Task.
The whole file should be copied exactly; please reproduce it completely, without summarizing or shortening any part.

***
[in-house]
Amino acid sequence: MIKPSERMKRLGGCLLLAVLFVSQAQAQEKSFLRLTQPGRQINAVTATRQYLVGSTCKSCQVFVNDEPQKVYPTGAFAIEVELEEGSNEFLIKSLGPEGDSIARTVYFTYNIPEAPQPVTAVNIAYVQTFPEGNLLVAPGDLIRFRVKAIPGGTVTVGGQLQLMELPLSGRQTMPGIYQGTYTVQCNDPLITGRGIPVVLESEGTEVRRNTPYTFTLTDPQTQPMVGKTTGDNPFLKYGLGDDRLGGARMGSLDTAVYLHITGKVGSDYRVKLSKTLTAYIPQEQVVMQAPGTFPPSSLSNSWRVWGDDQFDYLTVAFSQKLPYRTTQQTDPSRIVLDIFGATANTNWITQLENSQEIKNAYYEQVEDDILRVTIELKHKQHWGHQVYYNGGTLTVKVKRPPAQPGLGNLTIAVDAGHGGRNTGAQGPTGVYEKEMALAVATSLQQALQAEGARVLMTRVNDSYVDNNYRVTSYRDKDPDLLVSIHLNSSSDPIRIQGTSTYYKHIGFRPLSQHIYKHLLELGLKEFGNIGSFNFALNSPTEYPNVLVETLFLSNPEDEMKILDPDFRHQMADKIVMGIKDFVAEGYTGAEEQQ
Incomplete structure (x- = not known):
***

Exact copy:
[in-house]
Amino acid sequence: MIKPSERMKRLGGCLLLAVLFVSQAQAQEKSFLRLTQPGRQINAVTATRQYLVGSTCKSCQVFVNDEPQKVYPTGAFAIEVELEEGSNEFLIKSLGPEGDSIARTVYFTYNIPEAPQPVTAVNIAYVQTFPEGNLLVAPGDLIRFRVKAIPGGTVTVGGQLQLMELPLSGRQTMPGIYQGTYTVQCNDPLITGRGIPVVLESEGTEVRRNTPYTFTLTDPQTQPMVGKTTGDNPFLKYGLGDDRLGGARMGSLDTAVYLHITGKVGSDYRVKLSKTLTAYIPQEQVVMQAPGTFPPSSLSNSWRVWGDDQFDYLTVAFSQKLPYRTTQQTDPSRIVLDIFGATANTNWITQLENSQEIKNAYYEQVEDDILRVTIELKHKQHWGHQVYYNGGTLTVKVKRPPAQPGLGNLTIAVDAGHGGRNTGAQGPTGVYEKEMALAVATSLQQALQAEGARVLMTRVNDSYVDNNYRVTSYRDKDPDLLVSIHLNSSSDPIRIQGTSTYYKHIGFRPLSQHIYKHLLELGLKEFGNIGSFNFALNSPTEYPNVLVETLFLSNPEDEMKILDPDFRHQMADKIVMGIKDFVAEGYTGAEEQQ
Incomplete structure (x- = not known):